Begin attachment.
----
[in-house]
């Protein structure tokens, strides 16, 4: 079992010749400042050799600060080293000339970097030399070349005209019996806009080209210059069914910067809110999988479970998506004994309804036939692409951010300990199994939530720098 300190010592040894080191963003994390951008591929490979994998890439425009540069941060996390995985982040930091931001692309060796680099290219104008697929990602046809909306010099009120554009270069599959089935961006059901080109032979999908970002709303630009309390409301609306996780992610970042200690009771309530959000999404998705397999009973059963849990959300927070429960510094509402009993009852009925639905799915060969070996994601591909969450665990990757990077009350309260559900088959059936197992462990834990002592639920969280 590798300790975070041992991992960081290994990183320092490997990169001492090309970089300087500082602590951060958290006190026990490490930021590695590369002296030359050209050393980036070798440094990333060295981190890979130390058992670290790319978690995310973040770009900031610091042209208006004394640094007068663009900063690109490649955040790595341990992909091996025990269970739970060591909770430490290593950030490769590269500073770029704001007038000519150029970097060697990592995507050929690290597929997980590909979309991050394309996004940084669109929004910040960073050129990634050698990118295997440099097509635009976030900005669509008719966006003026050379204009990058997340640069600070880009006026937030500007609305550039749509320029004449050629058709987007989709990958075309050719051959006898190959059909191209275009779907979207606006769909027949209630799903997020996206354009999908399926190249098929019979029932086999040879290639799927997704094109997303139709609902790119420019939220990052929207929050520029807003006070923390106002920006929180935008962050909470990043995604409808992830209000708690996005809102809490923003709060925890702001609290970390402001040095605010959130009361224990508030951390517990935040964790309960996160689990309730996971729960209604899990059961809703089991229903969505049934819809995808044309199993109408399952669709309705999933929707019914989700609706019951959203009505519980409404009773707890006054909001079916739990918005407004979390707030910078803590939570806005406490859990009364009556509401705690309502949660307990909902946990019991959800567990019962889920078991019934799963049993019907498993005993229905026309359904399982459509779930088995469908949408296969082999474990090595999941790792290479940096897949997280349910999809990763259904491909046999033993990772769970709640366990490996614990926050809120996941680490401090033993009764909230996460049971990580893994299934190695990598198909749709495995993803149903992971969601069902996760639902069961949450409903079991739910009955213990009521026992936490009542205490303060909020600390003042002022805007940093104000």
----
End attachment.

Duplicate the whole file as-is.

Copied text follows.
[in-house]
């Protein structure tokens, strides 16, 4: 079992010749400042050799600060080293000339970097030399070349005209019996806009080209210059069914910067809110999988479970998506004994309804036939692409951010300990199994939530720098 300190010592040894080191963003994390951008591929490979994998890439425009540069941060996390995985982040930091931001692309060796680099290219104008697929990602046809909306010099009120554009270069599959089935961006059901080109032979999908970002709303630009309390409301609306996780992610970042200690009771309530959000999404998705397999009973059963849990959300927070429960510094509402009993009852009925639905799915060969070996994601591909969450665990990757990077009350309260559900088959059936197992462990834990002592639920969280 590798300790975070041992991992960081290994990183320092490997990169001492090309970089300087500082602590951060958290006190026990490490930021590695590369002296030359050209050393980036070798440094990333060295981190890979130390058992670290790319978690995310973040770009900031610091042209208006004394640094007068663009900063690109490649955040790595341990992909091996025990269970739970060591909770430490290593950030490769590269500073770029704001007038000519150029970097060697990592995507050929690290597929997980590909979309991050394309996004940084669109929004910040960073050129990634050698990118295997440099097509635009976030900005669509008719966006003026050379204009990058997340640069600070880009006026937030500007609305550039749509320029004449050629058709987007989709990958075309050719051959006898190959059909191209275009779907979207606006769909027949209630799903997020996206354009999908399926190249098929019979029932086999040879290639799927997704094109997303139709609902790119420019939220990052929207929050520029807003006070923390106002920006929180935008962050909470990043995604409808992830209000708690996005809102809490923003709060925890702001609290970390402001040095605010959130009361224990508030951390517990935040964790309960996160689990309730996971729960209604899990059961809703089991229903969505049934819809995808044309199993109408399952669709309705999933929707019914989700609706019951959203009505519980409404009773707890006054909001079916739990918005407004979390707030910078803590939570806005406490859990009364009556509401705690309502949660307990909902946990019991959800567990019962889920078991019934799963049993019907498993005993229905026309359904399982459509779930088995469908949408296969082999474990090595999941790792290479940096897949997280349910999809990763259904491909046999033993990772769970709640366990490996614990926050809120996941680490401090033993009764909230996460049971990580893994299934190695990598198909749709495995993803149903992971969601069902996760639902069961949450409903079991739910009955213990009521026992936490009542205490303060909020600390003042002022805007940093104000």